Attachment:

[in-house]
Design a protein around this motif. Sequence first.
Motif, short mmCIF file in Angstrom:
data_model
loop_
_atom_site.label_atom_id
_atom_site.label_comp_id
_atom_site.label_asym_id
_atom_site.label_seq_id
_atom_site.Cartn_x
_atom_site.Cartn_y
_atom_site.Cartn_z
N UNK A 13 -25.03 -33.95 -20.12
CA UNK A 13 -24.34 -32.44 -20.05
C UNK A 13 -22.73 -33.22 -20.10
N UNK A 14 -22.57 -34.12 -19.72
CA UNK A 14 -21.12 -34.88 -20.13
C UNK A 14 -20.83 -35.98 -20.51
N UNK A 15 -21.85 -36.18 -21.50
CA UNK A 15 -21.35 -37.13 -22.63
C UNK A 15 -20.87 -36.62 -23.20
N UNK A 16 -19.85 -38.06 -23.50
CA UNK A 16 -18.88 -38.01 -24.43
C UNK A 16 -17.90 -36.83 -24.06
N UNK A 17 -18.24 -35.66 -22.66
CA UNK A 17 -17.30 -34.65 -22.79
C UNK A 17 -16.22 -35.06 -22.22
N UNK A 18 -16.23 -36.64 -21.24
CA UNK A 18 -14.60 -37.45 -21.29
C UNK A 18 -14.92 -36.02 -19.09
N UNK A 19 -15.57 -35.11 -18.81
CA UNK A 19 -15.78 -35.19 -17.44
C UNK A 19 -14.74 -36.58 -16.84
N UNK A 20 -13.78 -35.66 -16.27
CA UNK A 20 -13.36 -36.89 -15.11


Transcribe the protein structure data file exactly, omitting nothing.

[in-house]
Design a protein around this motif. Sequence first.
Motif, short mmCIF file in Angstrom:
data_model
loop_
_atom_site.label_atom_id
_atom_site.label_comp_id
_atom_site.label_asym_id
_atom_site.label_seq_id
_atom_site.Cartn_x
_atom_site.Cartn_y
_atom_site.Cartn_z
N UNK A 13 -25.03 -33.95 -20.12
CA UNK A 13 -24.34 -32.44 -20.05
C UNK A 13 -22.73 -33.22 -20.10
N UNK A 14 -22.57 -34.12 -19.72
CA UNK A 14 -21.12 -34.88 -20.13
C UNK A 14 -20.83 -35.98 -20.51
N UNK A 15 -21.85 -36.18 -21.50
CA UNK A 15 -21.35 -37.13 -22.63
C UNK A 15 -20.87 -36.62 -23.20
N UNK A 16 -19.85 -38.06 -23.50
CA UNK A 16 -18.88 -38.01 -24.43
C UNK A 16 -17.90 -36.83 -24.06
N UNK A 17 -18.24 -35.66 -22.66
CA UNK A 17 -17.30 -34.65 -22.79
C UNK A 17 -16.22 -35.06 -22.22
N UNK A 18 -16.23 -36.64 -21.24
CA UNK A 18 -14.60 -37.45 -21.29
C UNK A 18 -14.92 -36.02 -19.09
N UNK A 19 -15.57 -35.11 -18.81
CA UNK A 19 -15.78 -35.19 -17.44
C UNK A 19 -14.74 -36.58 -16.84
N UNK A 20 -13.78 -35.66 -16.27
CA UNK A 20 -13.36 -36.89 -15.11